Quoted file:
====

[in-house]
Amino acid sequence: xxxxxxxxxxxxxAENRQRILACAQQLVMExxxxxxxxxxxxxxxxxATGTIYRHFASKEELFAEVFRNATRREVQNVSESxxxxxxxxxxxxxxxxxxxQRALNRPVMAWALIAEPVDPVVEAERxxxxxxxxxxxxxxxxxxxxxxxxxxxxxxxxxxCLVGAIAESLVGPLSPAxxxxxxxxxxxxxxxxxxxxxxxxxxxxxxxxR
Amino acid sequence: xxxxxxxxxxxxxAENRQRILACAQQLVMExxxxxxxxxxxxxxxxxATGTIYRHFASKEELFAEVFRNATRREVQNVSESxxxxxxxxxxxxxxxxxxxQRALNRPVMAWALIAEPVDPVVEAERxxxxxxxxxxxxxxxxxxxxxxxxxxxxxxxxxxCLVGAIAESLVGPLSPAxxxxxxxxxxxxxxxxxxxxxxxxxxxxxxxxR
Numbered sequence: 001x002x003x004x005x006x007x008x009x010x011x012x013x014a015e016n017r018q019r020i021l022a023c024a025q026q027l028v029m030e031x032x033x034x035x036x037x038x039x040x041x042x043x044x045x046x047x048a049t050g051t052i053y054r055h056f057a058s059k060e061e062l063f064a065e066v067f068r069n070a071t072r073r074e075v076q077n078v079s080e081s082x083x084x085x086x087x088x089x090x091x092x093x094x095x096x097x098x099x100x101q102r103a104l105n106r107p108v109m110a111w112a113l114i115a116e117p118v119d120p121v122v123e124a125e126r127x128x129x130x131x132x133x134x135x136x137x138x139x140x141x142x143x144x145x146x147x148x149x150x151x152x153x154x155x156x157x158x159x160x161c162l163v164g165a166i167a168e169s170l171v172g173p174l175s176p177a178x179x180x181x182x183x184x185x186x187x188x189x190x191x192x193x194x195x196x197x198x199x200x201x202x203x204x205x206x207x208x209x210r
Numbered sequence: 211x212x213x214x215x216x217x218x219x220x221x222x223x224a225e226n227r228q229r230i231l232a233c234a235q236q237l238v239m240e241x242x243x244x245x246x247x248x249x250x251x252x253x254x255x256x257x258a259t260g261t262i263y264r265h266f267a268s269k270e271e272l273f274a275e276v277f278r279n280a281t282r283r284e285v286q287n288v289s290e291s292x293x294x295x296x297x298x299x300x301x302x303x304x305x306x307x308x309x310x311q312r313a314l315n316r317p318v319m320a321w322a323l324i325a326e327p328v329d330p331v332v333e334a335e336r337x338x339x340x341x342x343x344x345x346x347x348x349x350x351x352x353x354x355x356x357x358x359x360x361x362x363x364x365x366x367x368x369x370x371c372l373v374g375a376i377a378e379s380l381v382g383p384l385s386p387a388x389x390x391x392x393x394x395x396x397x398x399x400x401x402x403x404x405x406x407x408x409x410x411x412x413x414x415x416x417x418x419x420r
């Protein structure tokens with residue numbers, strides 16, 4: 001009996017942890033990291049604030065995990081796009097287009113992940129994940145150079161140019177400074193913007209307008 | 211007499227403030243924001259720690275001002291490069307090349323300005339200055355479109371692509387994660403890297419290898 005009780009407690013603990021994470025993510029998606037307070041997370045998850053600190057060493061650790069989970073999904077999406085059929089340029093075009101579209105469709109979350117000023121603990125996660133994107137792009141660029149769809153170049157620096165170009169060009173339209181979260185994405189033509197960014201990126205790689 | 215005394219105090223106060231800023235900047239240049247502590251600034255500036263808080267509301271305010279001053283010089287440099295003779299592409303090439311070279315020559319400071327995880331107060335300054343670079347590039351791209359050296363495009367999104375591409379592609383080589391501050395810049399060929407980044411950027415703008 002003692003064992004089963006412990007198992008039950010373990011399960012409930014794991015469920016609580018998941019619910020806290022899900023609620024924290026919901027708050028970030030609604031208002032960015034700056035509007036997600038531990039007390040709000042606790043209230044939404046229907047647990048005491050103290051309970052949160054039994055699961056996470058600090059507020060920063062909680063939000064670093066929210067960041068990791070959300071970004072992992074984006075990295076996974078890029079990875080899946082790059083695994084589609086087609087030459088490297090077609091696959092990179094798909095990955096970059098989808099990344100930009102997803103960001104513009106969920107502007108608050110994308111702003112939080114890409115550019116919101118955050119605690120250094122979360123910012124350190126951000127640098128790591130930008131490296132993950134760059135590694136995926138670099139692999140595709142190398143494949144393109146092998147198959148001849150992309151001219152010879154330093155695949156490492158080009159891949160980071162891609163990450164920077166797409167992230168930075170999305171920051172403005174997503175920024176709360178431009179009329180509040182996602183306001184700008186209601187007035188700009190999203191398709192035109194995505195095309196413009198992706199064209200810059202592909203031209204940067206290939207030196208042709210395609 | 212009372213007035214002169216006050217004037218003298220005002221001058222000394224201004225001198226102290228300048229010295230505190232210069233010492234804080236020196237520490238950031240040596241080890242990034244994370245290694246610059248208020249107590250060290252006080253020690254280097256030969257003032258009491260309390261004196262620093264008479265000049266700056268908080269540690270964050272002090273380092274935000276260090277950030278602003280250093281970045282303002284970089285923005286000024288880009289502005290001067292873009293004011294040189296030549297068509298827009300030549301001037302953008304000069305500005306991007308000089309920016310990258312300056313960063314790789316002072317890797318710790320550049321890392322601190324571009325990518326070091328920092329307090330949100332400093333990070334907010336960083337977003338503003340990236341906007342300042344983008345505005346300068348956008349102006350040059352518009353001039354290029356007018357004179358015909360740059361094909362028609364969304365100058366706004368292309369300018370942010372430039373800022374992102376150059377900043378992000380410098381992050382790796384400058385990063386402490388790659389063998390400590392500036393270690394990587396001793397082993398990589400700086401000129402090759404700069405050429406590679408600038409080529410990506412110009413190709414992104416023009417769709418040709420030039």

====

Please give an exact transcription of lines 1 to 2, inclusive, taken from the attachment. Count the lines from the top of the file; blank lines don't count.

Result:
[in-house]
Amino acid sequence: xxxxxxxxxxxxxAENRQRILACAQQLVMExxxxxxxxxxxxxxxxxATGTIYRHFASKEELFAEVFRNATRREVQNVSESxxxxxxxxxxxxxxxxxxxQRALNRPVMAWALIAEPVDPVVEAERxxxxxxxxxxxxxxxxxxxxxxxxxxxxxxxxxxCLVGAIAESLVGPLSPAxxxxxxxxxxxxxxxxxxxxxxxxxxxxxxxxR